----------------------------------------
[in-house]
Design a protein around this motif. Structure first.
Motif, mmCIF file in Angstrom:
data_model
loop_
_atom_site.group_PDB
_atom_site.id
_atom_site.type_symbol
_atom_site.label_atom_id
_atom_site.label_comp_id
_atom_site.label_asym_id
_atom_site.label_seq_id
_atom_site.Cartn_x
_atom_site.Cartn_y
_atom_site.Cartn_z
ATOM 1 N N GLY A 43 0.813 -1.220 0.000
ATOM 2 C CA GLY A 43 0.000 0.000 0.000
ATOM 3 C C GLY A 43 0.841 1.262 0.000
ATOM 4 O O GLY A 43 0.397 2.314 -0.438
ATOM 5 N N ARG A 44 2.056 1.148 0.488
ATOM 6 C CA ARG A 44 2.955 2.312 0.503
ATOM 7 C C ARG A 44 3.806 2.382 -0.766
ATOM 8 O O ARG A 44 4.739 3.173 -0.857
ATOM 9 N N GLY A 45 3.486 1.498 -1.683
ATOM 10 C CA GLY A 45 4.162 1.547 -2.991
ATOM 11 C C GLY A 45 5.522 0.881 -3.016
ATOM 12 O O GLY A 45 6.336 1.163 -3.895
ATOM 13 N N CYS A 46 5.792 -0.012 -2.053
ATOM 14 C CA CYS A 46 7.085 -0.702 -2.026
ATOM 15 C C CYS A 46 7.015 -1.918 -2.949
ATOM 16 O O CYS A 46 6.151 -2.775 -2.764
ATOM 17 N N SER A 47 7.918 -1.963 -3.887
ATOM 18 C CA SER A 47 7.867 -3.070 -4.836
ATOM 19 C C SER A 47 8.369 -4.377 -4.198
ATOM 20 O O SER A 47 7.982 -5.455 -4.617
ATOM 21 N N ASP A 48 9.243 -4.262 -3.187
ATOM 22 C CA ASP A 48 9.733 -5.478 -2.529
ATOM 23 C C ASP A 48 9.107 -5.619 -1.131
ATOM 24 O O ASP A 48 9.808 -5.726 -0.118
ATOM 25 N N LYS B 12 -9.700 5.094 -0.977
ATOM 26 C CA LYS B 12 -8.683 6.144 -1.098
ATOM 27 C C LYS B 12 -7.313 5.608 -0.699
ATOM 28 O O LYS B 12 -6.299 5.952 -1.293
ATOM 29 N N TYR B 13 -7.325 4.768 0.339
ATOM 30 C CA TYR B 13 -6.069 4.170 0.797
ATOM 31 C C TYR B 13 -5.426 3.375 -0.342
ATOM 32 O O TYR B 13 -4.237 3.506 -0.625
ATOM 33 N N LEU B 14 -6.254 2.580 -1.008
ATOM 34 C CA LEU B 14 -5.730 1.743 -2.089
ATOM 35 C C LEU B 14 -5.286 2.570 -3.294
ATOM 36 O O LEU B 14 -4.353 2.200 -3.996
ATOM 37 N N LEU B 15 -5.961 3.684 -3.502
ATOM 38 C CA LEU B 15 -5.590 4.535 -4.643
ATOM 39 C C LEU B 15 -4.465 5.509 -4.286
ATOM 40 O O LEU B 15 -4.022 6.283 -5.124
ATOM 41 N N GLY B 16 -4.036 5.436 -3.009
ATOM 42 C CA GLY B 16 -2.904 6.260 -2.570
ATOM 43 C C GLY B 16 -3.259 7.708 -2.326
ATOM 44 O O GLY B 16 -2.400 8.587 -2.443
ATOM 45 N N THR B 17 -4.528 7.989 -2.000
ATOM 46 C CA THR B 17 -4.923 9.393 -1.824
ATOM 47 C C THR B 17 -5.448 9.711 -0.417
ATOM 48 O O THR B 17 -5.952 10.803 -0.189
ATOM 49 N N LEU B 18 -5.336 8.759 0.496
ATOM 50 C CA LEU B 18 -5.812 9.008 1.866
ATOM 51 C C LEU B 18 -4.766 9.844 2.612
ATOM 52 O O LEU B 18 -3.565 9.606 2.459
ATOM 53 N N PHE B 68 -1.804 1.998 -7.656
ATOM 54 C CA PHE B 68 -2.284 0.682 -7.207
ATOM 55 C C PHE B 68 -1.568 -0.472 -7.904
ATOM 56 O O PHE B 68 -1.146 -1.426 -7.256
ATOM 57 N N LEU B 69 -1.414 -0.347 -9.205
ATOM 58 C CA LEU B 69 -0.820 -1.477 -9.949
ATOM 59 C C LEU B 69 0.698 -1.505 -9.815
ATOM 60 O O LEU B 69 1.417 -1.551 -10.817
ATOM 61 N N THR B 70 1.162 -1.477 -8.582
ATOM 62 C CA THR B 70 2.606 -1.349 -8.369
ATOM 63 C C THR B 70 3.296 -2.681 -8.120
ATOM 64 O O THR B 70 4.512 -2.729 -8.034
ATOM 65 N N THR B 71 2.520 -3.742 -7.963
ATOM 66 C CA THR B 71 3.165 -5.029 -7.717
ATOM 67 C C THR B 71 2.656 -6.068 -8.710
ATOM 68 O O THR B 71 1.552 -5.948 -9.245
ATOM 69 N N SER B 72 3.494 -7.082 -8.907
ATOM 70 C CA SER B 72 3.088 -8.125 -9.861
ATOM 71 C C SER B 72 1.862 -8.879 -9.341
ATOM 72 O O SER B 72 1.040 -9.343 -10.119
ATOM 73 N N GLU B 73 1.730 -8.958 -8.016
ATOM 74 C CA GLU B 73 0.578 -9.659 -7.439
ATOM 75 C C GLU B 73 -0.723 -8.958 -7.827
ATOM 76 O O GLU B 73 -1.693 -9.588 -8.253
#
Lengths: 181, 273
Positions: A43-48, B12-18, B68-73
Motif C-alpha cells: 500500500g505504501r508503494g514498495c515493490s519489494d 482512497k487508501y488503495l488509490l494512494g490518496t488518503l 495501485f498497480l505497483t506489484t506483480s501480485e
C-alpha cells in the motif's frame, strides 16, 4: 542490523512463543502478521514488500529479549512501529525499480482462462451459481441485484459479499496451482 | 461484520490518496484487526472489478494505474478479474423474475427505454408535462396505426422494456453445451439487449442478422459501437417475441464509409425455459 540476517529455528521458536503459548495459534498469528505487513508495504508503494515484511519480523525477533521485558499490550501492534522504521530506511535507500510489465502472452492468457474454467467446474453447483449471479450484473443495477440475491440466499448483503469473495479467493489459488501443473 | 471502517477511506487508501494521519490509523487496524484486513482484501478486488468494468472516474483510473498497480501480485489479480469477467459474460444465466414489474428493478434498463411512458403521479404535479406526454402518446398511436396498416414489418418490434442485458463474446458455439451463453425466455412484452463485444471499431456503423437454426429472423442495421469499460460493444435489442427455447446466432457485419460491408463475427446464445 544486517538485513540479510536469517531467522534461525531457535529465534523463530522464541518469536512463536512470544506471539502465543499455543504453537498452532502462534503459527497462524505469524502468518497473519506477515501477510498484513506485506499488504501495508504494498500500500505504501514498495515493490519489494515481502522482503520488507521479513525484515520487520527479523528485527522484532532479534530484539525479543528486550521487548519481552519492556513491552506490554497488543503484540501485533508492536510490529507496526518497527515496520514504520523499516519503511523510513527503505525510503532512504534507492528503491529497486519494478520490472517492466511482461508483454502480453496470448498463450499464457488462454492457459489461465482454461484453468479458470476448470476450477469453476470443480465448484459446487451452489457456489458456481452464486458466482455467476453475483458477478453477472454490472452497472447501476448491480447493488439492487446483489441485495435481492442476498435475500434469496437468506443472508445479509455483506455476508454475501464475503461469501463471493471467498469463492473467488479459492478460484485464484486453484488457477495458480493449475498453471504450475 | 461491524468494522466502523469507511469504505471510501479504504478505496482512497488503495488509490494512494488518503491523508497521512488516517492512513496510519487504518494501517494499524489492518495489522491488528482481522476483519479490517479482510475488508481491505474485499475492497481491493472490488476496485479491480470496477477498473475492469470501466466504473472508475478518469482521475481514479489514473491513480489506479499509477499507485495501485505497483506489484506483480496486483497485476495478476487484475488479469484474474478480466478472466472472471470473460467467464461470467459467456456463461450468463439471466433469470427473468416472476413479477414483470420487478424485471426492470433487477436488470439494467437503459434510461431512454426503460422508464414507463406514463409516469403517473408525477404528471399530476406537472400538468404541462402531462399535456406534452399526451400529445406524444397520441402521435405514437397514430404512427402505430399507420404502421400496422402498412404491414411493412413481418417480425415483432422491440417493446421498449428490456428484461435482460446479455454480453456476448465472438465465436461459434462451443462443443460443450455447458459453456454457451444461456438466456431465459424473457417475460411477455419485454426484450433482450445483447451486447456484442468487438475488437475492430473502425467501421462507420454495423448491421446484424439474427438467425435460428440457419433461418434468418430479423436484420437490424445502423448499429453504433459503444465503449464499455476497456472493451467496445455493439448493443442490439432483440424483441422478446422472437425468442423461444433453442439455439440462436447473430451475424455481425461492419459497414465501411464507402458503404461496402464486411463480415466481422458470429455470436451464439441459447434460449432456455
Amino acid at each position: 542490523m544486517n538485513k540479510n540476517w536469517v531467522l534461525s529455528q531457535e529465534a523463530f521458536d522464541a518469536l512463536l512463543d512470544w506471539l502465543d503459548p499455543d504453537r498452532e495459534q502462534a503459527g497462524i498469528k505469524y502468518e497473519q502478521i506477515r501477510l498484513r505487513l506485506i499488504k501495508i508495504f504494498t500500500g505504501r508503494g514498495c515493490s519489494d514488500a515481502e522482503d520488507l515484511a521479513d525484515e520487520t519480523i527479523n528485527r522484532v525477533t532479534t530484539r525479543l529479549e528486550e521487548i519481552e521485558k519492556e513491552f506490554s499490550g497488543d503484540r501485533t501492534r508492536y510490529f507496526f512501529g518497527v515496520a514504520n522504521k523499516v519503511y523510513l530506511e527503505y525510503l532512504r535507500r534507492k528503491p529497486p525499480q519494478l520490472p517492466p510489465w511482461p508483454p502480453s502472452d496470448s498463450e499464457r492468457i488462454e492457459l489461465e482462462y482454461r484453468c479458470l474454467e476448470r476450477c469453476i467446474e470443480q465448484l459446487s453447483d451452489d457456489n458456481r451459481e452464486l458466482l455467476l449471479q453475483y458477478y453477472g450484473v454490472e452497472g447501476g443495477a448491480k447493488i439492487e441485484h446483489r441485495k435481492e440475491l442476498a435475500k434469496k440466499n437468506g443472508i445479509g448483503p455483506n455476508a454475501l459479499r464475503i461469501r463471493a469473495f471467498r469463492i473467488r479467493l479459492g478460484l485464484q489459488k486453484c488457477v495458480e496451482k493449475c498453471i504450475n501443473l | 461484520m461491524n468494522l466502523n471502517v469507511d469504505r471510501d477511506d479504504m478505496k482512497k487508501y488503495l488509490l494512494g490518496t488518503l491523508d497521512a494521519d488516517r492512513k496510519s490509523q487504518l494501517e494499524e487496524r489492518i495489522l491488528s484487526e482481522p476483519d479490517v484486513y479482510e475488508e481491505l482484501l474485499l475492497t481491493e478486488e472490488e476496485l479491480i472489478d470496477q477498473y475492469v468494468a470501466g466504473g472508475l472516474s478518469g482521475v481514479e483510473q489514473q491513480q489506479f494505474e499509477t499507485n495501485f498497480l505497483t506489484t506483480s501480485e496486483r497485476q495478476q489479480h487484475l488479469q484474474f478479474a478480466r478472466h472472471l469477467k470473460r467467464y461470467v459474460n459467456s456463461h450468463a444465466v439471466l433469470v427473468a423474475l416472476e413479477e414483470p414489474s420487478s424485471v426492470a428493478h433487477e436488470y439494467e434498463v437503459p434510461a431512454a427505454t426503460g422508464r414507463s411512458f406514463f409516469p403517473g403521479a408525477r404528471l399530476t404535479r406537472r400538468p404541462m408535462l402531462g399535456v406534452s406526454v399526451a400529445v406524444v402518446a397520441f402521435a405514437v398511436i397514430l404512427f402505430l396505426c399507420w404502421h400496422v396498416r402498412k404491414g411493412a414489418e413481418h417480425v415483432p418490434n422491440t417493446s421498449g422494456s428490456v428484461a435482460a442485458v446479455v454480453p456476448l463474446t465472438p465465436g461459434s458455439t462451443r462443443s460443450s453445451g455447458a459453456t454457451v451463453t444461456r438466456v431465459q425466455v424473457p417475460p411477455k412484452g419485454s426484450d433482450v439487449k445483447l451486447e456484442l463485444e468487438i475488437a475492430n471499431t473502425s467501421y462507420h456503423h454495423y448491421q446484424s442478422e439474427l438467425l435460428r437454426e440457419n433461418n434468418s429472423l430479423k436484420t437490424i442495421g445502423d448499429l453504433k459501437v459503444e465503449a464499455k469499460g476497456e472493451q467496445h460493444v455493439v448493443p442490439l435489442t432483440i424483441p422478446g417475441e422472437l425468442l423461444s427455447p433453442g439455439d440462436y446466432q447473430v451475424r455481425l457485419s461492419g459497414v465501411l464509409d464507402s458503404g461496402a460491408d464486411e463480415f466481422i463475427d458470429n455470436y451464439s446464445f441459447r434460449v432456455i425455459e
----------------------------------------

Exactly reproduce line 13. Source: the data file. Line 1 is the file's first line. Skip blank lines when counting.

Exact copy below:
_atom_site.Cartn_x